Our 696th Dad in the Limelight is D. Doug Mains of DDougMains.com and DaddingDepressed.com. I want to thank D. Doug Mains for being a part of this series. It has been great getting connected with him and now sharing D. Doug Mains with all of you.
1) Tell me about yourself, (as well as how you are in the limelight for my readers knowledge)
After wandering through my twenties like a lost puppy, playing the hokey-pokey with education, and hopping from one payroll to another, I finally decided to pursue my lifelong dream of writing full-time. Having dealt with severe depression and anxiety, I stripped my life down to the studs and reevaluated the foundation. Friends, family, and my mental health became priority over status, position, and pay grade.
Now, I write, allowing me to serve my wonderful wife by staying home with our 10-month-old son, Isaiah.
2) Tell me about your family
Having been married for three and a half years, my wife, Lindsey, and I can confidently say that we have marriage figured out (just kidding). Lindsey works year-round for a camp. Our 10-month-old son works year round as little man of the house. He looks like me but hints toward the personality of my wife. They’re both passionate, determined, and their favorite fingers are their pointers.
3) What has been the largest challenge you have had in being a father?
From the day he was born, I loved my son. I didn’t always like him. The first couple of months was emotionally exhausting and fearfully overwhelming. Sleepless nights, a new schedule, and feeling the weight of parenthood on my shoulders, I looked at my son cradled in my arms and often felt nothing. And though it was a pivotal time in seeking more aggressive help with depression, I don’t actually think that I am the only dad who has experienced such numbness. Few admit that it’s actually pretty normal for a parent, especially a dad, to take some time to warm up to a new baby and the extremely different lifestyle that comes with it.
4) What advice would you give to other fathers?
Don’t be a dad from the couch. Humble yourself. Be a rug-burn dad, and get involved in your kids’ lives from the beginning. Live in the present, and let it be fueled by foresight. The future is made up of moments, and each one is an opportunity.
5) How have you come to balance parenthood and outside life?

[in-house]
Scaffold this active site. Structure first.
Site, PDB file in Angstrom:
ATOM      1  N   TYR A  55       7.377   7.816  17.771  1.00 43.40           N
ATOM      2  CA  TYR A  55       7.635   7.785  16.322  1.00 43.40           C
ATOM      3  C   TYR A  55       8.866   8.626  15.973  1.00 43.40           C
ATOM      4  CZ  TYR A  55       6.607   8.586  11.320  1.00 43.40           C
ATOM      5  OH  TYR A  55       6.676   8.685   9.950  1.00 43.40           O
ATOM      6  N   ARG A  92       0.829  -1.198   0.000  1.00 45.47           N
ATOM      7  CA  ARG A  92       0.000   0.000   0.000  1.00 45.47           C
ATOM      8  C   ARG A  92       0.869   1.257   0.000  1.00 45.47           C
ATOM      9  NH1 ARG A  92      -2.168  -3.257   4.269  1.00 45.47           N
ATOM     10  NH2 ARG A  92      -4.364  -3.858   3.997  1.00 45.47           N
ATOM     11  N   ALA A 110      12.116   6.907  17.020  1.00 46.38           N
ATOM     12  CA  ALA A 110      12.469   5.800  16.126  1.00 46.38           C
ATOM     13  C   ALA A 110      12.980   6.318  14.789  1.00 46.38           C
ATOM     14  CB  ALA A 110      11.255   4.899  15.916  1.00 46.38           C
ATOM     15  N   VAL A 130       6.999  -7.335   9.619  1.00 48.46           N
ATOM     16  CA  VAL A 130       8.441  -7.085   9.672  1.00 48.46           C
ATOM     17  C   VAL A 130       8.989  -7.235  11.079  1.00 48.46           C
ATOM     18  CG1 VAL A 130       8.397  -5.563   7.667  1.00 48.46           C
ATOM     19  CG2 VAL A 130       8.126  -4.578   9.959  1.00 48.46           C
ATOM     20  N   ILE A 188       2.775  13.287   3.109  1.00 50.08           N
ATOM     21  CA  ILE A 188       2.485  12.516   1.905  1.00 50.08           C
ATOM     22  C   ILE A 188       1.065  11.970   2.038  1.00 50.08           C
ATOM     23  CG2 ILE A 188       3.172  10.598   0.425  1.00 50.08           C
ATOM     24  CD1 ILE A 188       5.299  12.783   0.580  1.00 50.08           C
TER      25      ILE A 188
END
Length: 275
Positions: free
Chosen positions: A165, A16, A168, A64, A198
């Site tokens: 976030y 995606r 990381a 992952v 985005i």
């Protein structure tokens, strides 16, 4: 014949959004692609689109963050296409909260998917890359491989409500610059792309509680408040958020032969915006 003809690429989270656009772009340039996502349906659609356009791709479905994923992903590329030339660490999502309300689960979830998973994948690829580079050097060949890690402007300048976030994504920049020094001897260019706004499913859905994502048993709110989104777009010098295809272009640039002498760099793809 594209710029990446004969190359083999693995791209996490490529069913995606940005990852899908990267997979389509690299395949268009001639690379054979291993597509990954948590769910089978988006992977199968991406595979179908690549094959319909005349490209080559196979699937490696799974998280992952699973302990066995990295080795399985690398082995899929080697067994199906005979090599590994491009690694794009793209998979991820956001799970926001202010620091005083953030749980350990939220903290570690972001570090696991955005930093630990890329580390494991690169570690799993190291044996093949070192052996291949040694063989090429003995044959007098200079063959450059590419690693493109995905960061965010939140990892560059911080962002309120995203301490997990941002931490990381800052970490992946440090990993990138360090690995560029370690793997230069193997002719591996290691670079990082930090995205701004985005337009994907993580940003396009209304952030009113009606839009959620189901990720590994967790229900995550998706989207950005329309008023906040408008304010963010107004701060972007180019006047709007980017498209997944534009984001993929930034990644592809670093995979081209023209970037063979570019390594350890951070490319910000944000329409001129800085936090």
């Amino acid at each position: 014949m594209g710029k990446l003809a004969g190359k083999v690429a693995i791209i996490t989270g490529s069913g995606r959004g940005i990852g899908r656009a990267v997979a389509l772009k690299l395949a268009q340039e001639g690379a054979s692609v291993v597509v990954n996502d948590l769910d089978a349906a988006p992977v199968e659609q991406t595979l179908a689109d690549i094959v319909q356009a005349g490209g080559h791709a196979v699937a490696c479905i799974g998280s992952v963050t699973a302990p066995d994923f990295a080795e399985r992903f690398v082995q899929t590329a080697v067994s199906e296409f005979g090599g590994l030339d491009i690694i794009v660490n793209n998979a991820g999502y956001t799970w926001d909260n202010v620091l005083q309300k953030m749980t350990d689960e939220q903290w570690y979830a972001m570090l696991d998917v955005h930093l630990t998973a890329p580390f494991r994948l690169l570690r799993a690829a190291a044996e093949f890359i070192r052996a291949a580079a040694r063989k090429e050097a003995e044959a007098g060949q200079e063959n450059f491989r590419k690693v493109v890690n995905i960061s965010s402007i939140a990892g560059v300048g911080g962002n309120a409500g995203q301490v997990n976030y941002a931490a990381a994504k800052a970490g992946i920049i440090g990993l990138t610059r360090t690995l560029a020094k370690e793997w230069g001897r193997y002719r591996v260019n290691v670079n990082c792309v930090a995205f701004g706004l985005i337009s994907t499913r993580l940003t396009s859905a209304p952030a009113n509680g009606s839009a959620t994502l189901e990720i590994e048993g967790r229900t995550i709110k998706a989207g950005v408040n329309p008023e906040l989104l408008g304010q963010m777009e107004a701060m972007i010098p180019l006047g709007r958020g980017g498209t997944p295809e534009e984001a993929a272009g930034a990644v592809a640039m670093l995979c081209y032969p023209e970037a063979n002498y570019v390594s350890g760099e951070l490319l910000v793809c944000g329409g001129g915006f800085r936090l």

One of my biggest fears about parenthood was that I might lose touch with the outside world, including close friends, family, and personal interests. The key word in combatting this, I’ve learned, is intentionality. Nothing happens without it. Parent or not, friends, family, and personal interests require intentionality in order to deepen and to thrive. Also, in the most appropriate ways, we try to welcome Isaiah into our lives rather than putting our lives completely on hold.
6) What have you learned from the fathers that you have interacted with?
I want to surround myself with older guys–dads who have done it and can look back on successes as well as mistakes. Learning from them offers me perspective as I aspire to raise a healthy and caring man. The biggest thing I have learned from seeking such mentors is that relationships matter most. No matter who my son grows up to be, and no matter what he decides to do, he will always be my son, I will always love him and desire a relationship with him. It’s not about what he does, but it is about my love for him. I could give him all that he asks for, but what he most deeply needs is a relationship with his dad.
7) What else would you share regarding your experiences as a father thus far?
I’ve learned enough about fatherhood to know that I have a lot more to learn.
8) What have been the most memorable experiences that you have had thus far as a parent?
I absolutely love to make my son laugh. I’m sure my humor will someday embarrass him so I’m soaking up my time as the comedian of the house for as long as he’ll allow me the microphone.
If you have any questions for D. Doug Mains, please leave a comment here and I will make sure that he gets them so that he may be able to respond!